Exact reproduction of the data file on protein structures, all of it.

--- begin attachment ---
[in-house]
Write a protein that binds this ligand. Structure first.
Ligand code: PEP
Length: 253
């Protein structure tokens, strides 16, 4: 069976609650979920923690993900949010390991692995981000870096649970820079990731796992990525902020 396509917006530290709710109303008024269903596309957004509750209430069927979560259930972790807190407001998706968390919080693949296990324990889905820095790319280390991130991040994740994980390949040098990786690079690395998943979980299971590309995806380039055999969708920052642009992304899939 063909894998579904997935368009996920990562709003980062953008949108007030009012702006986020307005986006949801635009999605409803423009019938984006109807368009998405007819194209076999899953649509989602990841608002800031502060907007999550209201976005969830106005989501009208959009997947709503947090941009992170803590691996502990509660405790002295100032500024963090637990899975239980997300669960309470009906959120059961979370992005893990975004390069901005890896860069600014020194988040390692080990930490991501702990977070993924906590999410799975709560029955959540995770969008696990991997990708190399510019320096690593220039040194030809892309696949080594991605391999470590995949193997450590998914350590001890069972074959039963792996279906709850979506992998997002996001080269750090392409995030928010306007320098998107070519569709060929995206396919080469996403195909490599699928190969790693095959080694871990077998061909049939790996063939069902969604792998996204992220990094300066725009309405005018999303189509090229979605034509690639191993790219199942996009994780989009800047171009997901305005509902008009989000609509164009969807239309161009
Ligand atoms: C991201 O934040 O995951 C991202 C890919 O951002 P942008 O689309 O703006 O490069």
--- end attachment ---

[in-house]
Write a protein that binds this ligand. Structure first.
Ligand code: PEP
Length: 253
């Protein structure tokens, strides 16, 4: 069976609650979920923690993900949010390991692995981000870096649970820079990731796992990525902020 396509917006530290709710109303008024269903596309957004509750209430069927979560259930972790807190407001998706968390919080693949296990324990889905820095790319280390991130991040994740994980390949040098990786690079690395998943979980299971590309995806380039055999969708920052642009992304899939 063909894998579904997935368009996920990562709003980062953008949108007030009012702006986020307005986006949801635009999605409803423009019938984006109807368009998405007819194209076999899953649509989602990841608002800031502060907007999550209201976005969830106005989501009208959009997947709503947090941009992170803590691996502990509660405790002295100032500024963090637990899975239980997300669960309470009906959120059961979370992005893990975004390069901005890896860069600014020194988040390692080990930490991501702990977070993924906590999410799975709560029955959540995770969008696990991997990708190399510019320096690593220039040194030809892309696949080594991605391999470590995949193997450590998914350590001890069972074959039963792996279906709850979506992998997002996001080269750090392409995030928010306007320098998107070519569709060929995206396919080469996403195909490599699928190969790693095959080694871990077998061909049939790996063939069902969604792998996204992220990094300066725009309405005018999303189509090229979605034509690639191993790219199942996009994780989009800047171009997901305005509902008009989000609509164009969807239309161009
Ligand atoms: C991201 O934040 O995951 C991202 C890919 O951002 P942008 O689309 O703006 O490069």